Sunday, November 9, 2014

A thought for Sunday: the importance of state-level third parties

 - by New Deal democrat

[You know the drill. It's Sunday.  Regular nerdy economic blogging will resume tomorrow.  And be sure to read Bonddad's latest summary, below]

There was a devastating piece about the Democratic Party published about a month ago by Chris Bowers, I think, that reads particularly bitterly in the light of last Tuesday's midterm election results. Of course I can't find it now.   (UPDATE:  I think it was This piece. By Matt Stoller. If you haven't read it yet, go read it now).  But in summary, it said that the high point of the left netroots was the Lamont-Lieberman Senate contest in 2006.  Anti-Iraq war progressives defeated Joe Lieberman in the primary. But because Connecticut has no "sore loser" law preventing primary losers from re-filing and running as independents in the general election, Lieberman did so, and the Democratic Party establishment, including one Barack Obama, rallied around him.  When Lieberman won with the help of GOP votes, he got a standing ovation in the Senate.

In 2008 most of the netroots backed Obama, who also suggested that he was anti-Iraq war (he never actually cast a vote) vs. the pro-Iraq war Hillary Clinton.  But once Obama won and no longer needed  progressives, he dumped Howard Dean as Democratic Party Chair, along with his "50 state strategy," and installed economic neoliberals as his most powerful appointments.

The point Bowers(?) was making is that the party establishment learned in 2006 that it didn't have to worry about progressives.  Progressives would lose most primaries where the primary determinant was money, and then they would fall meekly in line, backing a centrist Democrat in the general.  This is where Kos's mantra "more and better" democrats led.

The GOP, when installed in power via Bush, or even with a stranglehold on a necessary artery, like the filibuster rule in the Senate, has relentlessly pursued a maximalist strategy, rallying round the most extreme policies and maybe compromising a little at the end.  The democratic estabslishment, with no party discipline to the right, pursues milquetoast centrist policies and even then compromises with the GOP.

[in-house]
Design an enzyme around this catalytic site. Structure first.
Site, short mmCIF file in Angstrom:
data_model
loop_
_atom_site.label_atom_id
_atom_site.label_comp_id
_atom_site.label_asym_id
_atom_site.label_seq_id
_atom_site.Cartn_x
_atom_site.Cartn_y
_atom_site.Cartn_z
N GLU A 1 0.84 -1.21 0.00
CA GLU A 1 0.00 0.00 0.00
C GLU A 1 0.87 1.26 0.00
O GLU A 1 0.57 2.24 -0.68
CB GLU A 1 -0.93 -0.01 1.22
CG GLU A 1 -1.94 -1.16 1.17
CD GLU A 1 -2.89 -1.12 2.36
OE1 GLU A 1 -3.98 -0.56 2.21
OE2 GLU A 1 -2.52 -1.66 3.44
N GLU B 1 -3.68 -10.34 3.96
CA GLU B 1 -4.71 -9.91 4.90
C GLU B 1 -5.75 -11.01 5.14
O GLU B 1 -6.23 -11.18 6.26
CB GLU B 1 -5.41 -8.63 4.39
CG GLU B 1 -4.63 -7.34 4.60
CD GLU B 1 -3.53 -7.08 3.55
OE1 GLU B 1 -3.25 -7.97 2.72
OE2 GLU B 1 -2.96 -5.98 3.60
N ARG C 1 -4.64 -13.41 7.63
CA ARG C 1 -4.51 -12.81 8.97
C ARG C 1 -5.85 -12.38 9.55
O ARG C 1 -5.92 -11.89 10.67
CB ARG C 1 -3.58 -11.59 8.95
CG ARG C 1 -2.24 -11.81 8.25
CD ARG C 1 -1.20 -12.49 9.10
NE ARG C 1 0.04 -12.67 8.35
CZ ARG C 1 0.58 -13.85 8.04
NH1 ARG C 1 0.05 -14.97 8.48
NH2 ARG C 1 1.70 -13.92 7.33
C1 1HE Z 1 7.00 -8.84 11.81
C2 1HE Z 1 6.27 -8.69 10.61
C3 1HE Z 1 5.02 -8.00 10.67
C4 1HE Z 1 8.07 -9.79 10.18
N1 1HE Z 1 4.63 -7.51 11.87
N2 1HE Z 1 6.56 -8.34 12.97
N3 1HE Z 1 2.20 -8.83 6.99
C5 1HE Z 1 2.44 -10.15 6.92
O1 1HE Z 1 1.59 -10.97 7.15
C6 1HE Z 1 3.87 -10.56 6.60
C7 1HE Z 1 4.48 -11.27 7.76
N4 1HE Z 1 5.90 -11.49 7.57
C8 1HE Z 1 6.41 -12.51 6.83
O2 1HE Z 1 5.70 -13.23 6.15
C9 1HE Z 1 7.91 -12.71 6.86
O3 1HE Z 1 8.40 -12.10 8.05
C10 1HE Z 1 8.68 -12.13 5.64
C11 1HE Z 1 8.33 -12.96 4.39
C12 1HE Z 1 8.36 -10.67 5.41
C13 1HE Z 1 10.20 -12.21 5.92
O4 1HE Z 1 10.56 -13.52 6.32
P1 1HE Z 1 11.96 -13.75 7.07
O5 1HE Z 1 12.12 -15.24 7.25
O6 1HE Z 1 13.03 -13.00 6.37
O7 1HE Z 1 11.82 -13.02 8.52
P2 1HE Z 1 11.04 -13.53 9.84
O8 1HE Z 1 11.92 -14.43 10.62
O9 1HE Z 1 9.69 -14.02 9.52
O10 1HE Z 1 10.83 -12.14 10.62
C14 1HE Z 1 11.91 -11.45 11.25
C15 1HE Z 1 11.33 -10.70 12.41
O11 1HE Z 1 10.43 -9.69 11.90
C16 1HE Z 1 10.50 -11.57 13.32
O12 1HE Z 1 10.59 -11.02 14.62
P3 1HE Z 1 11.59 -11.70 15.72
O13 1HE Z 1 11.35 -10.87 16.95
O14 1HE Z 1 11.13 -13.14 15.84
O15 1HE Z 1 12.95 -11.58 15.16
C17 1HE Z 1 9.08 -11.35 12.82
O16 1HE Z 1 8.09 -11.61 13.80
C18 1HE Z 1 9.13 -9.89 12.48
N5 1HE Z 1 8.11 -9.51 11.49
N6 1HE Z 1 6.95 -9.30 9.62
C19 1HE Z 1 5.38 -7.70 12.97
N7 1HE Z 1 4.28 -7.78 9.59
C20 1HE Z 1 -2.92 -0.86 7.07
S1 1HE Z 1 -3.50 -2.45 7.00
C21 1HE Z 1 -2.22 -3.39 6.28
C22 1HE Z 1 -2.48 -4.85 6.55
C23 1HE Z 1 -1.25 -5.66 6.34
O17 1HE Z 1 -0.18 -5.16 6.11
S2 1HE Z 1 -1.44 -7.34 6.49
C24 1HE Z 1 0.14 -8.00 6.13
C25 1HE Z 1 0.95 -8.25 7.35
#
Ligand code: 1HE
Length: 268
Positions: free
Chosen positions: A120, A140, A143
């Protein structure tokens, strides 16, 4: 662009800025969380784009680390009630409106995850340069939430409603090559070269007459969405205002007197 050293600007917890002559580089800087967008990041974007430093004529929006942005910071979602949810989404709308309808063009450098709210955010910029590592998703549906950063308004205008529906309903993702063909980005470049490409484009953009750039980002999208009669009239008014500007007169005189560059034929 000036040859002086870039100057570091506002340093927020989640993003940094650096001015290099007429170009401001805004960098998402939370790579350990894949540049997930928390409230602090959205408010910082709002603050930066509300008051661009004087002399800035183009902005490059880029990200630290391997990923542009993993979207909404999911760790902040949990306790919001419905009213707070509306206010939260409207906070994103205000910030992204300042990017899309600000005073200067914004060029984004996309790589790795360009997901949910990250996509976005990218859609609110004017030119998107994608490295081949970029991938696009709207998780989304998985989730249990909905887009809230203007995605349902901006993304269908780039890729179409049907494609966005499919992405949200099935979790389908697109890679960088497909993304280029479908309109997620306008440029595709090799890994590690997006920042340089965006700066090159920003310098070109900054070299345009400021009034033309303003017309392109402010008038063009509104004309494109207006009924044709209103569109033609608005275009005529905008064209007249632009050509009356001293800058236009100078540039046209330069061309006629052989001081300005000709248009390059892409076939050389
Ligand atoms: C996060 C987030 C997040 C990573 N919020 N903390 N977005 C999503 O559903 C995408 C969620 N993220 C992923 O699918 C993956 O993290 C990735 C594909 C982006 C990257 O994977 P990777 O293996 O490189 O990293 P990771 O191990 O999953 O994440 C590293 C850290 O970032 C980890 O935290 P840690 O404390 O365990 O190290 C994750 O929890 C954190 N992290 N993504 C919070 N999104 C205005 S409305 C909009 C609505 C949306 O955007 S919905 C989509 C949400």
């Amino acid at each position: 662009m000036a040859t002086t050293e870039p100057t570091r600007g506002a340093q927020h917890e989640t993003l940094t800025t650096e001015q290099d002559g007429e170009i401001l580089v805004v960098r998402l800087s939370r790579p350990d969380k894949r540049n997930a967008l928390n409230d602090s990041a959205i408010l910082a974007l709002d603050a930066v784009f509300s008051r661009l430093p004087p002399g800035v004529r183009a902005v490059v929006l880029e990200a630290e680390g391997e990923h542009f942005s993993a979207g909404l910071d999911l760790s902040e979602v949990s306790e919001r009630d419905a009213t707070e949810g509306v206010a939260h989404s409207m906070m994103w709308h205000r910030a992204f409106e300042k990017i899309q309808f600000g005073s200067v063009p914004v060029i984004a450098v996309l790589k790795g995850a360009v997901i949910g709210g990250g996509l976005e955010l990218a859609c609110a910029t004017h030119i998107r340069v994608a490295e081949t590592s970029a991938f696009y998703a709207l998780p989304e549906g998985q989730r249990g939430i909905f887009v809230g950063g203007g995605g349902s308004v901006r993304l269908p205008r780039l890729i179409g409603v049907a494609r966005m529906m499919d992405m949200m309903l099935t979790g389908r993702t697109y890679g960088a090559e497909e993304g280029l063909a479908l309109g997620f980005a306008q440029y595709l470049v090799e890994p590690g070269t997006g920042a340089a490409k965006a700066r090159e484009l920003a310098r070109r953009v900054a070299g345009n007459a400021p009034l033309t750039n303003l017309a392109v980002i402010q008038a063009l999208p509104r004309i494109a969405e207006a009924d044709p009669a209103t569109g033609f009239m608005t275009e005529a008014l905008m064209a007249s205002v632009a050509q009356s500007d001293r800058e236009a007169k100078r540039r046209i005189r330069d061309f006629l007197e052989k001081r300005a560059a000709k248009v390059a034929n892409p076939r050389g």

The Progressive voice is never going to be heard, let alone come to power, under these circumstances.

In order to do so, progressives need to take a page from the historical rise of the UK's Labour Party.  One hundred years ago, the UK's two major parties were the Conservatives (a thoroughly reactionary party), and the Liberals, a center-left coalition much like today's Democrats.  The Labour Party formed after the Liberals stabbed them in the back.

And Labour did not win by defeating Conservatives. Labour won by driving the Liberal party to the brink of extinction.

Similarly, progressives will not win because of GOP losses. Progressives will only win by driving corporatist democrats to the edge of extinction, just as movement conservatives took over the GOP by making Rockefeller Republicans as extinct as the dodo bird).

As spelled out above, corporatists are throughly in charge of the democratic establishment, to the point, it is widely reported, that they would prefer GOP election wins over progressive democratic candidates. See, for example, here

So, how to make corporatist democrats extinct?  By showing them that they can never win.  And how do you show them that they will never win?  By borrowing a page from the career of Joe Lieberman.

It isn't enough for progressives to primary corporatists. State level third parties, like New York's Green Party, give progressives the ability to stay in elections right through the general election, even if they lose a democratic primary to corporatists.

Yes, this strategy will mean some general election losses over a few cycles.  But when corporatist democrats learn that they cannot win, they will start to disappear.  Progressives will win either as Democrats, or under another party banner.

By the way, this happened before. One hundred years ago, there were active Populist and Progressive Parties in the states (remember Robert LaFollette?). Ultimately they became part of the winning New Deal coalition.

Progressives shouldn't abandon the Democratic Party.  But they should target the corporatists as mercilessly as Tea Party republicans targeted their less-extremist wing, and state level Third Parties are an indispensable part of that attack.